What has the government said?

The demonstrations are the biggest challenge to Prime Minister Hasina since she secured a fourth consecutive term in January elections, which were boycotted by the main opposition party to protest what they said was a widespread crackdown on their ranks.

Hasina has announced a judicial investigation into the killings and called on protesters to await the verdict of the Supreme Court.

“I especially urge everyone to wait patiently until the Supreme Court verdict comes. I believe our students will get justice from high court, they will not be disappointed,” Hasina said in a news conference Thursday.

But she has been accused of enflaming protester anger by reportedly calling them “razakar,”  an offensive term used for those who allegedly collaborated with the Pakistani army during the 1971 independence war.

“We expected an apology from our prime minister for comparing us to traitors of 1952 and 1972, and a solid solution to quota reform,” said protester Salman Farsi. “What did the students do to deserve this tag?”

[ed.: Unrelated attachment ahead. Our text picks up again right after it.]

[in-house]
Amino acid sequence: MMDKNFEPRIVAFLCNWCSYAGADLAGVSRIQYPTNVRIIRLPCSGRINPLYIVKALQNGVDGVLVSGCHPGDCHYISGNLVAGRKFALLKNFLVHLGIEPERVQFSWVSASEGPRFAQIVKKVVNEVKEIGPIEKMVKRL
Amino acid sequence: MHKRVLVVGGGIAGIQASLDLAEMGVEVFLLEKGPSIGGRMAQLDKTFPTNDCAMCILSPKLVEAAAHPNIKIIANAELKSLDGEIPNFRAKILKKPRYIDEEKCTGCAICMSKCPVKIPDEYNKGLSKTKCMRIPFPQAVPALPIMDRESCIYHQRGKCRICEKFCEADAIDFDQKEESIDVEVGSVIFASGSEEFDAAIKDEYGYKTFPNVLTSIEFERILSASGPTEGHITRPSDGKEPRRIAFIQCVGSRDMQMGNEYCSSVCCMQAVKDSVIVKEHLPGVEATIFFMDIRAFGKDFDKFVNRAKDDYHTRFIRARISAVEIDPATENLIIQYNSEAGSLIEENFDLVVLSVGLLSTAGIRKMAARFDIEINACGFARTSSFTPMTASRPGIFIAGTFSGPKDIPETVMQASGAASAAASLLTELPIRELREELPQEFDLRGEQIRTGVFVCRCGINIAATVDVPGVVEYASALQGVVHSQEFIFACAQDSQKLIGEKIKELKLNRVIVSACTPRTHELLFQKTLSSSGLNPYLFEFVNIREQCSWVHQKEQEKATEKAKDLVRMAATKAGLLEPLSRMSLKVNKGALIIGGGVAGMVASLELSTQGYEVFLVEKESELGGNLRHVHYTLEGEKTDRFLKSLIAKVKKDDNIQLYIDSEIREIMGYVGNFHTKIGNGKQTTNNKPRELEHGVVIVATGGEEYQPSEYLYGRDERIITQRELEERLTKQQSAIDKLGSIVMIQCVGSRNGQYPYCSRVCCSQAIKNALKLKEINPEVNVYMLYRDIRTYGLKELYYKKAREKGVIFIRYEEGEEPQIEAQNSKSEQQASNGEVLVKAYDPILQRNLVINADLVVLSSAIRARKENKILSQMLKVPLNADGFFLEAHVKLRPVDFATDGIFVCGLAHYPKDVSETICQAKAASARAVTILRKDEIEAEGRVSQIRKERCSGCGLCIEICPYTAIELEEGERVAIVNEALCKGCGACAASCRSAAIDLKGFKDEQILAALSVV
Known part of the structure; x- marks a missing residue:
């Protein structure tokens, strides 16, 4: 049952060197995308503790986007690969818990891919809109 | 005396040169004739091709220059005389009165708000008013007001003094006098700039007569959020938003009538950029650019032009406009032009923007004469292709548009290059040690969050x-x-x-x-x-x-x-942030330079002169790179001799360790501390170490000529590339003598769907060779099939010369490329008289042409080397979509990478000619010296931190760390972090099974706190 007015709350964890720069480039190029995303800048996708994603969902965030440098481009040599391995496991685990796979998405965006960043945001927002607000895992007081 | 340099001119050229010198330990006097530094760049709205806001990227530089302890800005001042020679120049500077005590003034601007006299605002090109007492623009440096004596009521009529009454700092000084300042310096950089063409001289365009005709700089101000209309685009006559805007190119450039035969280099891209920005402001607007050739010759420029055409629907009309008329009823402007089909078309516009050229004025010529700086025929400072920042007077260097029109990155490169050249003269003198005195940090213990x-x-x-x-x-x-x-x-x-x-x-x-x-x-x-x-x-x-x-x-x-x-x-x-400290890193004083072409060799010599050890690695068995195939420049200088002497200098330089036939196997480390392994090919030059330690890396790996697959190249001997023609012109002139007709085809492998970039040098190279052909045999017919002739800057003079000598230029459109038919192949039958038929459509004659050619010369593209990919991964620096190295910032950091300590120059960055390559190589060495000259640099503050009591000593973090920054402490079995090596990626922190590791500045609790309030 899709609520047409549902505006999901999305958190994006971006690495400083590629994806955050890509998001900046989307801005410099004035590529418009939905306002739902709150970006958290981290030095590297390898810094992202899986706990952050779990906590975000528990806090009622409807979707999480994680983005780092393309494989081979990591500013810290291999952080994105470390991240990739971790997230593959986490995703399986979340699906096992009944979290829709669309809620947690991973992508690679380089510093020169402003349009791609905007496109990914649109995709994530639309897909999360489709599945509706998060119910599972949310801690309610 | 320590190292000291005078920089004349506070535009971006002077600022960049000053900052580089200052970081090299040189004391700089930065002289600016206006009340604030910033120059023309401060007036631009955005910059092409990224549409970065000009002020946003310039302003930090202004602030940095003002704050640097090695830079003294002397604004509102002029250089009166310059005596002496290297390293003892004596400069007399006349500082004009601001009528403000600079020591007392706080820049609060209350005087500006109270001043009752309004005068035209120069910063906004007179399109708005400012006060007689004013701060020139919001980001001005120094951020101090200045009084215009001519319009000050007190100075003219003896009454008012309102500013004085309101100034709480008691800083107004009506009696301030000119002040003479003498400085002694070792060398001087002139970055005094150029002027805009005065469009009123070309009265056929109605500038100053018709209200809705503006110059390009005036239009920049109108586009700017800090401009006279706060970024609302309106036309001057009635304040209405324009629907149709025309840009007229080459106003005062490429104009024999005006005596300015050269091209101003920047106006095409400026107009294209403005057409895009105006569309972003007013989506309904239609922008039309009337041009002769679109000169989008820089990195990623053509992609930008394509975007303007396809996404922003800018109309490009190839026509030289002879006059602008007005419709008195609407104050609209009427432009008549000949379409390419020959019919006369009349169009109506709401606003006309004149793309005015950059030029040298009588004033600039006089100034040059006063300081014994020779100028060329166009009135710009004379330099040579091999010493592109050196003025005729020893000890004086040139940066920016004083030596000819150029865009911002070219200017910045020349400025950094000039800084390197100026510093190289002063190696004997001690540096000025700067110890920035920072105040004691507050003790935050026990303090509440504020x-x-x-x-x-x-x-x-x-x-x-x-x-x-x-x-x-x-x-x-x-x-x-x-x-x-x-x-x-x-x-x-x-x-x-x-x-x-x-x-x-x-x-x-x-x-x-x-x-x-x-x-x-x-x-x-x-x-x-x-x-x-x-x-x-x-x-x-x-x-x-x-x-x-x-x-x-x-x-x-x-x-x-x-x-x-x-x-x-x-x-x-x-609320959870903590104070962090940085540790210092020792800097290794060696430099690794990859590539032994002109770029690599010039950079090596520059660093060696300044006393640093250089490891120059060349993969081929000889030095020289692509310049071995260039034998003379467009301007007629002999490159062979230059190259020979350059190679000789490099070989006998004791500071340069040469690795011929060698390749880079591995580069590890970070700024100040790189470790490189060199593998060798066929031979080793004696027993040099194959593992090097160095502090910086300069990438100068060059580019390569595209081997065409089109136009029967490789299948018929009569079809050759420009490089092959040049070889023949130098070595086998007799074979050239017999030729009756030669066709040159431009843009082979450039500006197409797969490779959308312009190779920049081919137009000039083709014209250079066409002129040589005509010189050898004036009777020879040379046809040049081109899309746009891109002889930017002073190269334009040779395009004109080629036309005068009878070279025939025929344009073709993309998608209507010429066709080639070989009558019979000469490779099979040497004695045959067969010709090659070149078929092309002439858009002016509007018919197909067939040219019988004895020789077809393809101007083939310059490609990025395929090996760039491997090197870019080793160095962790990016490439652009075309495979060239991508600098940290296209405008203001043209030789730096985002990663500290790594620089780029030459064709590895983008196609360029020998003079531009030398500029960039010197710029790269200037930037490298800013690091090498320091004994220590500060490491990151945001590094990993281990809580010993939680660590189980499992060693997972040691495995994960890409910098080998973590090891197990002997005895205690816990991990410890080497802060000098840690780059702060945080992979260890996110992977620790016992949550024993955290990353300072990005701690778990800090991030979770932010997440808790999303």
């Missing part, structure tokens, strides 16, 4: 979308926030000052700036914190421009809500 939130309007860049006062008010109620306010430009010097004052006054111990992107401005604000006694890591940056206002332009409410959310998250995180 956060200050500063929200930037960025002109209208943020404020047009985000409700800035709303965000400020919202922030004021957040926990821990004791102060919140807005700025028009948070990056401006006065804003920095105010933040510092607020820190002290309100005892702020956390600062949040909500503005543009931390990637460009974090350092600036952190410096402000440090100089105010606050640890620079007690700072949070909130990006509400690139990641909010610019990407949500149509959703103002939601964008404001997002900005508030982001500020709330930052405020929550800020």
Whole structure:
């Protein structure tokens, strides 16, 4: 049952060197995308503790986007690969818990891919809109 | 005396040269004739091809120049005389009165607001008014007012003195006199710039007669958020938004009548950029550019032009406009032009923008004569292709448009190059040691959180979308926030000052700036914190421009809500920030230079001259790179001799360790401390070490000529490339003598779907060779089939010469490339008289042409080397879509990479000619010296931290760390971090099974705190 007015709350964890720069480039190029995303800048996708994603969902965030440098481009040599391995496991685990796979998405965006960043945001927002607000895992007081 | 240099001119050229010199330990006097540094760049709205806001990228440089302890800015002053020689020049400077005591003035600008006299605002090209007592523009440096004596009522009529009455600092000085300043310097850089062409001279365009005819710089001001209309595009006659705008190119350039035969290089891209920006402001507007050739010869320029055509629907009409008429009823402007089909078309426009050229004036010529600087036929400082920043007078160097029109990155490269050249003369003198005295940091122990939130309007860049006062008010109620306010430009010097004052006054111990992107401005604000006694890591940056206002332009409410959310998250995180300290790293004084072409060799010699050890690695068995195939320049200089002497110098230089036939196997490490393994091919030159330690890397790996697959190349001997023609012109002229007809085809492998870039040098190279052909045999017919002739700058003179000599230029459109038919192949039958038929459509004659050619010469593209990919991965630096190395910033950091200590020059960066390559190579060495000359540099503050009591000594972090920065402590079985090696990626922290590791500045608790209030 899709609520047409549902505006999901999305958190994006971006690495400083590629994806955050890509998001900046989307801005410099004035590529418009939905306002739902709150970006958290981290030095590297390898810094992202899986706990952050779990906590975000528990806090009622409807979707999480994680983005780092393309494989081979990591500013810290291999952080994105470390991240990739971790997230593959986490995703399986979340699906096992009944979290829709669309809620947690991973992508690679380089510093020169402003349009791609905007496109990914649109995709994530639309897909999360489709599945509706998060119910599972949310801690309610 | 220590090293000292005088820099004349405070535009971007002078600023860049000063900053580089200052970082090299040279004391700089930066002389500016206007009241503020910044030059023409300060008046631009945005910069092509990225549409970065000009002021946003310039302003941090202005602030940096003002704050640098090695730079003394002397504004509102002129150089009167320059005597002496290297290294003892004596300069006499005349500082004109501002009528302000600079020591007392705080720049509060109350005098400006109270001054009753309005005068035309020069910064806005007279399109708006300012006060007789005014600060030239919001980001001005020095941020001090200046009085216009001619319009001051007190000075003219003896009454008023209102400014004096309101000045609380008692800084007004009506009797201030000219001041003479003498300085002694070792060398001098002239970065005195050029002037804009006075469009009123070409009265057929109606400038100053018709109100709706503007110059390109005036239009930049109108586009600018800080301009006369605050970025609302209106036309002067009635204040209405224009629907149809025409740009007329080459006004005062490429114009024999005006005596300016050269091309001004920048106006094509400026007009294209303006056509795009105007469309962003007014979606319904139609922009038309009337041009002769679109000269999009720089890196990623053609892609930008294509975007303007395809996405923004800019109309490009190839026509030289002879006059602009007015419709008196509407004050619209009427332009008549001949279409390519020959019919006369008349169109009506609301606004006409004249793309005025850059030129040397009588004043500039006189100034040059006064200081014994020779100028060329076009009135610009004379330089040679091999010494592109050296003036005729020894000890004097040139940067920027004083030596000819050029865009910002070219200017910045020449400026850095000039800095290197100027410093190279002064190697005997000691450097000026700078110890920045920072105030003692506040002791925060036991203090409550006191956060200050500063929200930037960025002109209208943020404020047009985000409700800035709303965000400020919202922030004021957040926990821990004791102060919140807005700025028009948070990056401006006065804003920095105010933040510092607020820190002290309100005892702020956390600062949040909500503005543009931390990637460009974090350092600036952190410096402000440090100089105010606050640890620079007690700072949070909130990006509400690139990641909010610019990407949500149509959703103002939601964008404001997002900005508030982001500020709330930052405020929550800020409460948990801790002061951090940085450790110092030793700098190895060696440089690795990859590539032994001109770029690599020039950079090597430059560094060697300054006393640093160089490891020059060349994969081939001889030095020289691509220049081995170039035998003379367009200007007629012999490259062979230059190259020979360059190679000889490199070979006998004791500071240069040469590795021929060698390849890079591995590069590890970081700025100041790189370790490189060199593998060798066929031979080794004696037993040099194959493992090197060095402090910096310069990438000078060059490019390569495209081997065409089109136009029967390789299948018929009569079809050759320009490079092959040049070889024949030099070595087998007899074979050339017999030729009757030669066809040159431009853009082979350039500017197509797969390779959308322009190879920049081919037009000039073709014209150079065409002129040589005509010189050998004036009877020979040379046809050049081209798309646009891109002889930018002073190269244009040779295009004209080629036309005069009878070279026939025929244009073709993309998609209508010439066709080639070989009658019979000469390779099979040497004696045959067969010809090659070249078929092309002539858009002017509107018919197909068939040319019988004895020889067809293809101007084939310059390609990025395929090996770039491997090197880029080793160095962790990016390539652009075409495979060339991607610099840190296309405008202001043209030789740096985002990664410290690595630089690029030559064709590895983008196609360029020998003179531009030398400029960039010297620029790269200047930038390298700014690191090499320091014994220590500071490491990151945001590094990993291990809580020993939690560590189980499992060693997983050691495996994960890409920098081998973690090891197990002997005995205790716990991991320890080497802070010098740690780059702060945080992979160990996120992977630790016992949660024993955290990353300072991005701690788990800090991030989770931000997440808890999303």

“This is a people’s movement against the authoritarian government,” Hossain said.

“This is not just about quota protests anymore, this is much bigger than that, in simple quota protests the government wouldn’t go around hurting and shooting students. This shows the current fascist and autocratic nature of the government, who has been upholding the power without any proper voting system.”

What has global reaction been?

Bangladeshi students have held smaller protests elsewhere, including in New York’s Times Square, the Australian cities Melbourne and Sydney and the Danish capital Copenhagen.

The US said it was “continuing to monitor the reports of violence from the ongoing protests in and around Dhaka,” a State Department spokesperson said in a briefing on Thursday.

“Freedom of expression and peaceful assembly are essential building blocks to any thriving democracy, and we condemn the recent acts of violence in Bangladesh.”

UN Secretary-General Antonio Guterres called for restraint on all sides and urged the government to investigate all acts of violence, according to UN spokesperson Stephane Dujarric.

“The secretary-general encourages the meaningful and constructive participation of youth to address the ongoing challenges in Bangladesh. Violence can never be the solution,” Dujarric said.